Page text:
from Crikey.​
     
  4. mmm....shiney!

    mmm....shiney! Well-Known Member Silver Stacker

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    That’s wrong. The LNP gained at the expense of Labor in the 3 coal seats of Flynn, Dawson and Capricornia. This is why I don’t read Crikey, when will southern journos stop trying to impose their world view on others? So totally out of touch.

    The election up here was all about Labor policy. It wasn’t about Shorten. It was about Labor policy and in particular climate change. Once more - Labor’s polices on climate change and in particular coal mining lost them the election.
     
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  5. Oddjob

    Oddjob Well-Known Member Silver Stacker

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    Outgoing Senator Jim Molan becomes the most voted for person / individual in Australian electoral history with circa 115k of first pref NSW Senate votes for him in last month's election. It appears unlikely that Jim will get the 400k odd needed to obtain "quota share" to be elected back to the senate.

    https://www.theaustralian.com.au/na...n/news-story/8ff877e60851725d22b02c5de7c939f4
    https://www.2gb.com/jim-molan-makes-political-history/

    Shame on the Libs for their factional in fighting that put Jim at number 4 on the ticket in the first place plus they'll most likely overlook Jim for the casual vacancy to be filled in coming months. Once again factionalism regardless of party comes to fore and prevents a popular and very capable person from serving in parliament.
     
  6. mrsilverservice

    mrsilverservice Well-Known Member

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    Labors new shadow treasurer Jim Chalmers was Wayne Swans under study :confused: nothing more to say except :rolleyes:
     
  7. JulieW

    JulieW Well-Known Member Silver Stacker

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    After 50 years of elections and politics I am of the opinion that we are now governed like some tinpot banana republic, with political corruption so entrenched it is a norm.
     
  8. mrsilverservice

    mrsilverservice Well-Known Member

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    The election is over what next -

    # A new low emissions coal fired power station somewhere on the east coast.

    # Have a sensible debate about a Nuclear Power Plant,most other G20 nation has some.

    # Drought proofing the country as much as possible by building more dams and channeling water from the north all the way to the south,this should have been done 50 years ago :rolleyes:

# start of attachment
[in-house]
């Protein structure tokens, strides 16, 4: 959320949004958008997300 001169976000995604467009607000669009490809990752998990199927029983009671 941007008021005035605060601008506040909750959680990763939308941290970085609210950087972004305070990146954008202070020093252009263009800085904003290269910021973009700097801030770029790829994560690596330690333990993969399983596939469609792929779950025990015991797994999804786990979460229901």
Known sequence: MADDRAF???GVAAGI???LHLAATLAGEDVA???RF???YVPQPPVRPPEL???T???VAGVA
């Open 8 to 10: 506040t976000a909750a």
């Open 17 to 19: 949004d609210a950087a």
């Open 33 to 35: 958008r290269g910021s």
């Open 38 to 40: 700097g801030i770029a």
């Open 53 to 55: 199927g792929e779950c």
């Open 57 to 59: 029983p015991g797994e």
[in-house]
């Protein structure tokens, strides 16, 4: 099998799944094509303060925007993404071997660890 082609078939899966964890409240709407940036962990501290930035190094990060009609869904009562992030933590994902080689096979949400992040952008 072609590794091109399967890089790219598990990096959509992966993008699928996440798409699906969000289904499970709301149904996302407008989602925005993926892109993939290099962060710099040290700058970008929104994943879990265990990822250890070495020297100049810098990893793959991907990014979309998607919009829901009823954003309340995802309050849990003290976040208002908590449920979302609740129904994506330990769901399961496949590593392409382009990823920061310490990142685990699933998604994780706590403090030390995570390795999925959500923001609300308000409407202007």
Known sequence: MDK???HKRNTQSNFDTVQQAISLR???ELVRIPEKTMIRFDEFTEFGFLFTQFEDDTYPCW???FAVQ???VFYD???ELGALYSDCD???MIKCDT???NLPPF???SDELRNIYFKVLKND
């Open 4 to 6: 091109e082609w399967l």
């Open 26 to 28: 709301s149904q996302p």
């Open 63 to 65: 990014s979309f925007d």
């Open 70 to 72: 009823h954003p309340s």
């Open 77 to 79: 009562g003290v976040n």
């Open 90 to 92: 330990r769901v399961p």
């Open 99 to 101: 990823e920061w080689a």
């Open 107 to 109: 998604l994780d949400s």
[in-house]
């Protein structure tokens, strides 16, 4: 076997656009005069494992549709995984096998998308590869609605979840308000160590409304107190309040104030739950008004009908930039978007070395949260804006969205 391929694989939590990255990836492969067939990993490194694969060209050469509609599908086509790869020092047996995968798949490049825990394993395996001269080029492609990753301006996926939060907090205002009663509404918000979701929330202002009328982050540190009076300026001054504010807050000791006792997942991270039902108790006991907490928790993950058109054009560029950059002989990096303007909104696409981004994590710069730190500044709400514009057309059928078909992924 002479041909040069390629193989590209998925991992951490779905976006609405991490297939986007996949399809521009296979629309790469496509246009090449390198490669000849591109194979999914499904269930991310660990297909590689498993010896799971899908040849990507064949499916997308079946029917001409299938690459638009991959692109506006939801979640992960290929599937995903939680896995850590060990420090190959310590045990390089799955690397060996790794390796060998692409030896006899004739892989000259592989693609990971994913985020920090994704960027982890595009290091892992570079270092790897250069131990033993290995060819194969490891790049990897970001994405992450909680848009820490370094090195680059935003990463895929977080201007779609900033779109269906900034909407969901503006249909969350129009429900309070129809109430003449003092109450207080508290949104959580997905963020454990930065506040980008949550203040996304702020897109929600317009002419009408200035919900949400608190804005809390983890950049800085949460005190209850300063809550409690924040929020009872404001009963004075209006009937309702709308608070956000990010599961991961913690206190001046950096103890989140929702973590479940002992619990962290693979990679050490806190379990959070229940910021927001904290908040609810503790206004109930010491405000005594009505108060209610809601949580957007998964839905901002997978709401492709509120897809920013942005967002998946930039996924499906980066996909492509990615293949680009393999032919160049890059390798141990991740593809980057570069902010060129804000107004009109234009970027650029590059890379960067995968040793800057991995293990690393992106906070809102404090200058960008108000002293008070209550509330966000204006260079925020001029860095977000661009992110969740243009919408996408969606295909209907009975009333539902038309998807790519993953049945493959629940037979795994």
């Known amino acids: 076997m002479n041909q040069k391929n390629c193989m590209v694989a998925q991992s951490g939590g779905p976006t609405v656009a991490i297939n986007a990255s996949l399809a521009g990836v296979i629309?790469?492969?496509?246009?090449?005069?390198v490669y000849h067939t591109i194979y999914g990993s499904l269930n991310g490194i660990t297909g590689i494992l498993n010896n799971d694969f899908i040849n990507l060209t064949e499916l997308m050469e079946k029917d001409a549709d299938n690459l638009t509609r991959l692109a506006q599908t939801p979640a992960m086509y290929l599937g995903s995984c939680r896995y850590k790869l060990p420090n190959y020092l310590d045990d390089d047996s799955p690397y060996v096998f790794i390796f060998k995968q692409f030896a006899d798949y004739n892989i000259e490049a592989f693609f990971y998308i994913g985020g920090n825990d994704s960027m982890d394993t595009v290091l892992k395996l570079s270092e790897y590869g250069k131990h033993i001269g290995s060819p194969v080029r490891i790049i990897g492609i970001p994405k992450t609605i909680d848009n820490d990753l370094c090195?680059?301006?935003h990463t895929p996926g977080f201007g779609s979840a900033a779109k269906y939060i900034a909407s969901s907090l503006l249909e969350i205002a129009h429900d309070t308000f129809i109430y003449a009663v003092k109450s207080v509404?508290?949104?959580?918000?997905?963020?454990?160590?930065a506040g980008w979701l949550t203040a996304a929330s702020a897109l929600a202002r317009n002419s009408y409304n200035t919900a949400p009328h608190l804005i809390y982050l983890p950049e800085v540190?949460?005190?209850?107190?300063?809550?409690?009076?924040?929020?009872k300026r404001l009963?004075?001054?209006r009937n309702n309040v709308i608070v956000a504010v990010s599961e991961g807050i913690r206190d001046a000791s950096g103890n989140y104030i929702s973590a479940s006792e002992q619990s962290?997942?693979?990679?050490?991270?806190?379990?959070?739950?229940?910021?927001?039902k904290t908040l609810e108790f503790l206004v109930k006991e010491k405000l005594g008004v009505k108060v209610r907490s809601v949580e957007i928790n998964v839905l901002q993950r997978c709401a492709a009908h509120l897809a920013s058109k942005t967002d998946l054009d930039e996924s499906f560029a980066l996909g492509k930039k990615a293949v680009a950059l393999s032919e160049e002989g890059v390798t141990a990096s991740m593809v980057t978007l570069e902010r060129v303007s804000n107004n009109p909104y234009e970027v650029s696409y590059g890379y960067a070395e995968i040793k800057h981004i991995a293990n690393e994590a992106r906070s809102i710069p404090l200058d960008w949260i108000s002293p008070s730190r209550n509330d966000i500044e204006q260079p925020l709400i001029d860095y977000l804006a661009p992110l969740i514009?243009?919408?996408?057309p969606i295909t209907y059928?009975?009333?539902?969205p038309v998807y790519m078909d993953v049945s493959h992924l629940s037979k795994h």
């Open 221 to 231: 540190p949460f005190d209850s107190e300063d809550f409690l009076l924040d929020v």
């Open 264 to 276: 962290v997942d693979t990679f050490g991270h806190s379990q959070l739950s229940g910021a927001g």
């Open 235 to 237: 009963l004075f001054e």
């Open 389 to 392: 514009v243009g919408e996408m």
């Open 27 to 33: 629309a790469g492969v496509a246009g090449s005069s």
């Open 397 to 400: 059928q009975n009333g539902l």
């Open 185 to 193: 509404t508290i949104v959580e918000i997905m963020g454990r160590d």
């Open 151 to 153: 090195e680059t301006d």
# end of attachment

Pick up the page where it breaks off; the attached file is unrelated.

The Book of John - Chapter 4 verse 14

    but whoever drinks of the water that I shall give him will never thirst.

    But the water that I shall give him will become a fountain of water springing up into ever lasting life :)
     
  9. mmm....shiney!

    mmm....shiney! Well-Known Member Silver Stacker

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    +1 to the nuclear debate

    -1 for the fairy tale quote
     
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  10. mrsilverservice

    mrsilverservice Well-Known Member

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    Broke even again and always :D
     
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  11. Oddjob

    Oddjob Well-Known Member Silver Stacker

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    Just an observation post the last Federal election......can't remember hearing or seeing the media jam the latest opinion polling results down our throats every two weeks......so went looking and found Newspoll as at 29 Sept 2019.

    I guess unless Labor is leading in the polls and the media can crow about it, it ain't worth reporting on. Not that I'm missing the reporting thereof, but just observing bias in the press on this subject. If Albo was leading Morrison in preferred PM, the ABC would be all over it but Albo is doing worse than Shorten in the polls.

    https://www.theaustralian.com.au/nation/newspoll


     
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  12. Lovey80

    Lovey80 Active Member

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    Probably the best thing I’ve seen you post.
     
  13. Lovey80

    Lovey80 Active Member

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    This doesn’t take into consideration how many voters put a minor party with a pet policy they like in the first box knowing that party wasn’t going to get up but made sure either of the coalition parties were high enough that their vote would eventually fall to them.

    If votes stuck in one box and never got re-distributed based on 2/3rd preferences those numbers would look vastly different. So the primary vote essentially means nothing.
     
  14. mmm....shiney!

    mmm....shiney! Well-Known Member Silver Stacker

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    The preferential system best reflects consumer choice in the electoral market.

    If we had non-compulsory voting then we’d likely see a different outcome. Forcing the uninformed to participate in democracy can hardly be a positive.